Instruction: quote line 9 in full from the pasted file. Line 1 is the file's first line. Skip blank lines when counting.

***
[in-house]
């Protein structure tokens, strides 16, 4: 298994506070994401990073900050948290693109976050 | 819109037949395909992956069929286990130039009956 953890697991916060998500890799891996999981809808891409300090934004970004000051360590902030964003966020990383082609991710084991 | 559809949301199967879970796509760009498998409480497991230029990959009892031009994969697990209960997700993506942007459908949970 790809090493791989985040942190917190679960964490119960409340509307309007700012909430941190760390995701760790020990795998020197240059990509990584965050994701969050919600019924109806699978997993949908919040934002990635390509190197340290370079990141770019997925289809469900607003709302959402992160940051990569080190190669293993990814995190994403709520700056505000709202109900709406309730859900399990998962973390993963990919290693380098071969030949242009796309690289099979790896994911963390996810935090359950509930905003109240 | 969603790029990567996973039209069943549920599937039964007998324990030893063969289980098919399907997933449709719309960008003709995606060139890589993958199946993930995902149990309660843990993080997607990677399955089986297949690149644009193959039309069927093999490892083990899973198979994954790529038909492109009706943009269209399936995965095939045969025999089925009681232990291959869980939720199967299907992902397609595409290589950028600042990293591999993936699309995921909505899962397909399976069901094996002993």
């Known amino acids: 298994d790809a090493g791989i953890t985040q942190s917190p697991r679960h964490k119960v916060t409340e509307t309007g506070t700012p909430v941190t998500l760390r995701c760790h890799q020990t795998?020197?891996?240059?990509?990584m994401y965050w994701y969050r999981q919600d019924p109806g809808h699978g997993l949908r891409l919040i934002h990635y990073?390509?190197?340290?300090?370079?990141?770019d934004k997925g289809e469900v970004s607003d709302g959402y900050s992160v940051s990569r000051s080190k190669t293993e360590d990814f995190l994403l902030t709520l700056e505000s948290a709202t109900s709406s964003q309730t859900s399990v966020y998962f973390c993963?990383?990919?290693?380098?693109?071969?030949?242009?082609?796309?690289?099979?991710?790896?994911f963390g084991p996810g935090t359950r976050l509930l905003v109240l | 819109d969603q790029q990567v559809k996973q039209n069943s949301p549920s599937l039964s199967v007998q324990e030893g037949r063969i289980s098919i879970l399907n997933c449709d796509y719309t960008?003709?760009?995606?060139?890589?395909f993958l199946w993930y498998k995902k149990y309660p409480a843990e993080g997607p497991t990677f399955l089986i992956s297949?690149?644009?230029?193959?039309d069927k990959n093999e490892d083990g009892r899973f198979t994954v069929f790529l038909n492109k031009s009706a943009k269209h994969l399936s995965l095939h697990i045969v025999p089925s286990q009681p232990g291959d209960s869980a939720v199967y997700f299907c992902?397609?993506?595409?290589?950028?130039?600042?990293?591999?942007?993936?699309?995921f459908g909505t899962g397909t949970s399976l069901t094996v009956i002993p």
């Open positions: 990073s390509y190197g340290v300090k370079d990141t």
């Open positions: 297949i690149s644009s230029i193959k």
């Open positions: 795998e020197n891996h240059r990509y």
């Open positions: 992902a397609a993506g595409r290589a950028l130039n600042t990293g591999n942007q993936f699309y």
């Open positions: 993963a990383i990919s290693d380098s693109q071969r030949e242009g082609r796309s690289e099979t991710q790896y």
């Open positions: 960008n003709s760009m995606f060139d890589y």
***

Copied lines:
């Open positions: 960008n003709s760009m995606f060139d890589y």